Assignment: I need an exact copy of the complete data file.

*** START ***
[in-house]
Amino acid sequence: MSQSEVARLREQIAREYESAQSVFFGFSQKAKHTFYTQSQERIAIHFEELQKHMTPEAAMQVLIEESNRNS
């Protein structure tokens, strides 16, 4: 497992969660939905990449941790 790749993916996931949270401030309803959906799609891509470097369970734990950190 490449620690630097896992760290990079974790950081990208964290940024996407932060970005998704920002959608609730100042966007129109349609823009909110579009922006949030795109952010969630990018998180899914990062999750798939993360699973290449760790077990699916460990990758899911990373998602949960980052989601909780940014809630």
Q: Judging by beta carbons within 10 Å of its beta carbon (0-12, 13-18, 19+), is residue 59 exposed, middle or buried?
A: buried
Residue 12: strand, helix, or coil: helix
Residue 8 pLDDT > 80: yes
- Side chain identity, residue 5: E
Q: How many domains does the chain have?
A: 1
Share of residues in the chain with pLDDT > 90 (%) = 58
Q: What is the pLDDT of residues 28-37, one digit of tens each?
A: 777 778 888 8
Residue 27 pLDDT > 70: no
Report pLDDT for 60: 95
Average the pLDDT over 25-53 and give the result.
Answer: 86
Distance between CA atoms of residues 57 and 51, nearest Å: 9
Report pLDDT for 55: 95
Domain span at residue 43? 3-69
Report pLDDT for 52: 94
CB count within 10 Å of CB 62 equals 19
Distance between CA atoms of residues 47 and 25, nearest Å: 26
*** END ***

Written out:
[in-house]
Amino acid sequence: MSQSEVARLREQIAREYESAQSVFFGFSQKAKHTFYTQSQERIAIHFEELQKHMTPEAAMQVLIEESNRNS
């Protein structure tokens, strides 16, 4: 497992969660939905990449941790 790749993916996931949270401030309803959906799609891509470097369970734990950190 490449620690630097896992760290990079974790950081990208964290940024996407932060970005998704920002959608609730100042966007129109349609823009909110579009922006949030795109952010969630990018998180899914990062999750798939993360699973290449760790077990699916460990990758899911990373998602949960980052989601909780940014809630």
Q: Judging by beta carbons within 10 Å of its beta carbon (0-12, 13-18, 19+), is residue 59 exposed, middle or buried?
A: buried
Residue 12: strand, helix, or coil: helix
Residue 8 pLDDT > 80: yes
- Side chain identity, residue 5: E
Q: How many domains does the chain have?
A: 1
Share of residues in the chain with pLDDT > 90 (%) = 58
Q: What is the pLDDT of residues 28-37, one digit of tens each?
A: 777 778 888 8
Residue 27 pLDDT > 70: no
Report pLDDT for 60: 95
Average the pLDDT over 25-53 and give the result.
Answer: 86
Distance between CA atoms of residues 57 and 51, nearest Å: 9
Report pLDDT for 55: 95
Domain span at residue 43? 3-69
Report pLDDT for 52: 94
CB count within 10 Å of CB 62 equals 19
Distance between CA atoms of residues 47 and 25, nearest Å: 26